Some weeks have been insane, working 7 days a week and long hours but it has validated for me, that this might be something to pursue in a serious fashion. For now, I’m stepping back and deciding next steps which leaves me a bit of room for gaming. As a result, here I am again.

Nope, I don’t Give a Flip about LTI

I’m sick to death of the LTI trial of tears. For all I care, CIG can give it to all ships acquired before release or stop awarding it all together. Sure, I have it on most of my ships because I bought them during the first concept sale. But not having it, didn’t stop me from purchasing concept ships during subsequent offerings, when LTI isn’t available and there was no way to CCU into having it, such as with the 890 Jump.

Buy them or don’t.
I wish the LTI and tears over ships prices would die already!

If I think I’m going to enjoy the gameplay offered by a ship, can afford it and am willing to part with the money, I buy it. If not, it doesn’t matter what’s coming with the ship or not, it’s a no-go and I’ not buying it. To me, it’s always been and will remain, just that simple.

I agree, that no one is being forced to do anything — purchase anything. Buy it or not. Melt it or not. CCU to it or not. I’m just over the incessant tears about LTI and ship prices, in general. Hindsight is 20-20, as is quarterbacking plays from your gaming chair.

Life in Alpha 3.1

Overall, 3.1 is the best performance I’ve had since early 2.6. It feels good to see an end in sight. I’m sure we’ll have more hiccups as new technology and features are integrated but for now, it’s smooth sailing. Consistent FPS in the high 20s to mid-30s feels magical in the PU. 30s with no micro-stuttering will be amazing. Higher than that? Well, that’s the dream ladies and gents. Based on what I’ve experienced, 3.1 is a breath of fresh air in performance.

Ship, Ships, Ships.

I am all about the ships in Star Citizen. I equate ships with the classes you have in other MMOs. They are the gateway to interacting with the planned space content. I never get tired of hearing updates. I don’t get tired of seeing new concepts. It’s a treat when your ships arrive, and two more of mine landed in 3.1 – the Reclaimer and the Terrapin. Even missing their planned mechanics, it’s exciting to finally see them in the game.

Aegis Reclaimer

The Reclaimer is a beast. It looks like its role, a ship that eats other ships, for breakfast. Figuring out where to enter the Reclaimer while it was sitting on a dark platform was an exercise in patience. Finding my way to the bridge a puzzling adventure. Along the way, I toured the various rooms and compartments. The quality of the ship interiors never fails to impress. Every detail has been considered. The lighting and animation contribute to the atmosphere of making the ship feel grounded in reality. I can only imagine when it’s full of players running around, manning the various stations.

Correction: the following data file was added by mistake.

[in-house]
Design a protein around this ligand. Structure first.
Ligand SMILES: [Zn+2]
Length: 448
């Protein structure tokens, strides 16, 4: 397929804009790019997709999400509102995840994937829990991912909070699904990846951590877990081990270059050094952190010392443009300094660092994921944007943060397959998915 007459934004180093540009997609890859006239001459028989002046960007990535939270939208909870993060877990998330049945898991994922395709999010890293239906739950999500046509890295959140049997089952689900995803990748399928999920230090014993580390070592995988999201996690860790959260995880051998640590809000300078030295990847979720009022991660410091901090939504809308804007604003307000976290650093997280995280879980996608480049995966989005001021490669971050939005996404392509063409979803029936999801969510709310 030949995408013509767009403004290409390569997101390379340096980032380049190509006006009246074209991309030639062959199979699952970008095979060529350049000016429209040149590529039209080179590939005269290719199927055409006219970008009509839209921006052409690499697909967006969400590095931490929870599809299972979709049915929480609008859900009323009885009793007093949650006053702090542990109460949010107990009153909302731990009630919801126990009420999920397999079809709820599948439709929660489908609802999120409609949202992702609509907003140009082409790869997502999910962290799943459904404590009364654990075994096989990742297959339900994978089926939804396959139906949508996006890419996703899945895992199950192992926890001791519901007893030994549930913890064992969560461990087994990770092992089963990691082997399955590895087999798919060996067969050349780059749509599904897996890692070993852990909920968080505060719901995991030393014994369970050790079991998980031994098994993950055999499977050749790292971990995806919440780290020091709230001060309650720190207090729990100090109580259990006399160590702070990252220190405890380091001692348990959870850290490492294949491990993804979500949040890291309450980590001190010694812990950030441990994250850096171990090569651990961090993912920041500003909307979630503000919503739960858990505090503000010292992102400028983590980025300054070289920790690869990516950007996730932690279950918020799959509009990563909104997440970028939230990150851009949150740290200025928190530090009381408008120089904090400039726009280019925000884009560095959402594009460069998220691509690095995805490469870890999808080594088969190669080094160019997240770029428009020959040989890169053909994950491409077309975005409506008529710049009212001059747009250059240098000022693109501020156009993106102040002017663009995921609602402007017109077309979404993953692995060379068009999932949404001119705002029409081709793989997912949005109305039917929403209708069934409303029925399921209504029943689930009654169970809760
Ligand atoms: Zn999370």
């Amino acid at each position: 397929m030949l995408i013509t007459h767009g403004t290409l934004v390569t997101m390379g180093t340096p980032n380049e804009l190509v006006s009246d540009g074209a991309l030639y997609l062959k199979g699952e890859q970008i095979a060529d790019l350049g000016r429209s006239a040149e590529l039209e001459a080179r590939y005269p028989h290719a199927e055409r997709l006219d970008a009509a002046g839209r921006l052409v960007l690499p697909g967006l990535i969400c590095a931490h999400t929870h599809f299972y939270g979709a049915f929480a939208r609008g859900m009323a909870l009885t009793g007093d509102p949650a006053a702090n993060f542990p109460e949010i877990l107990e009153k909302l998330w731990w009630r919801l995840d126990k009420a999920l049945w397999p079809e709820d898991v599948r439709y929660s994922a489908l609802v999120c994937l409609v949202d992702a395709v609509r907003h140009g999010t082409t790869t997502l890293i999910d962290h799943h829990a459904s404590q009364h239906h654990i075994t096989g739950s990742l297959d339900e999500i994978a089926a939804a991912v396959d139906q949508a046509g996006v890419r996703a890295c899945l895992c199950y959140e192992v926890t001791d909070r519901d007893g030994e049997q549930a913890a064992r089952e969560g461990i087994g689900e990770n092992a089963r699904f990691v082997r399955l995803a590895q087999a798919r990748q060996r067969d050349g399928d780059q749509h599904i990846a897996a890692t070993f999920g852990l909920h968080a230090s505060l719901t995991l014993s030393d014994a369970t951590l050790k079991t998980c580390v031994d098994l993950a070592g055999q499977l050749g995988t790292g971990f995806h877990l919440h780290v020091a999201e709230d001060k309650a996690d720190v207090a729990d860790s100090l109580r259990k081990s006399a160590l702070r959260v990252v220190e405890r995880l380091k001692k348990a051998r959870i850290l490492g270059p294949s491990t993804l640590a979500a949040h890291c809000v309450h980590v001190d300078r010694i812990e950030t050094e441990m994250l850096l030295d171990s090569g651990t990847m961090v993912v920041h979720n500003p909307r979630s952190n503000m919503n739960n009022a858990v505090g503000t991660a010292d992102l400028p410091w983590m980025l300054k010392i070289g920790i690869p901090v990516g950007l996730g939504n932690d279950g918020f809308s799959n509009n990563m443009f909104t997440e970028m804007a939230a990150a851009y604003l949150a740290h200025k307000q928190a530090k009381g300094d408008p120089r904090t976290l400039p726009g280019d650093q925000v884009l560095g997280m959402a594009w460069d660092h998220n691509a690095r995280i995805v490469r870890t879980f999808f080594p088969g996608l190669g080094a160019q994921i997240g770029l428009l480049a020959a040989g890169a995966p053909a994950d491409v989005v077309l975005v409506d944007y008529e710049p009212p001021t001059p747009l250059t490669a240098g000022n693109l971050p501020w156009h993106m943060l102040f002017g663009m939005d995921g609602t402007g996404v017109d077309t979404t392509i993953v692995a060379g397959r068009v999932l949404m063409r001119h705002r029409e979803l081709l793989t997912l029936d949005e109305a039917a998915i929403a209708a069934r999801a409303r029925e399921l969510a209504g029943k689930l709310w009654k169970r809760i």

The growing concern I have, as the larger ships make their way into Star Citizen, is the sheer size of them. The Reclaimer, not nearly the biggest ship in my fleet, feels like a floating neighborhood. With the older concept ships growing in size as concept meets the reality of the space needed to support game mechanics, I’m starting to feel I’ve bitten off more than I can chew.

My preference for solo and small group is my jam.
Why so many large ships??

My playstyle includes a lot of soloing and small group gaming. I enjoy large fleet operations but that’s not my bread and butter. It’s been years since I had the time and patience for the coordination effort needed to corral a large group of players. It can be like herding cats. I’d rather be off accomplishing a task or wandering into a new adventure. And yet, staring down the list of ships in my fleet, more than half are large.

If there’d been medium-size ships offered, I’d have gone that route instead. To date, however, we mostly have starter and “end game, with very little in between for the profession ships. Nothing to do about it now but see how things play out and make adjustments if my concerns remain.

Anvil Terrapin

I spent most of my flight-time scuttling around in the Terrapin. I gotta say, she floats my boat. Size, style and handling, I can see myself hurtling into danger zones rescuing players or doing fleet reconn. Several short story ideas instantly popped into my head while zooming place to place. The only thing I didn’t like so far, is that the guns on the nose are a single turret instead of separate weapons. This prevented me from swapping the T1s out for gimbal T2s. She’s not designed for combat but with NPCs interdicting me, left, right and center, I wanted an upgrade. Hrm, the ship’s description claiming that it has hard-hitting weapons is a bit suspect.

Hovercraft Fixes

I didn’t expect much from the Dragonfly. It’s not designed for traveling long distances. I purchased a pair as a way of traveling around cities and small areas where a ship is overkill. 3.1 fixed many of the issues the hovercraft vehicles were experiencing. I took mine out for a brief spin around Port Olisar and it was quite satisfying. Much more so than I expected.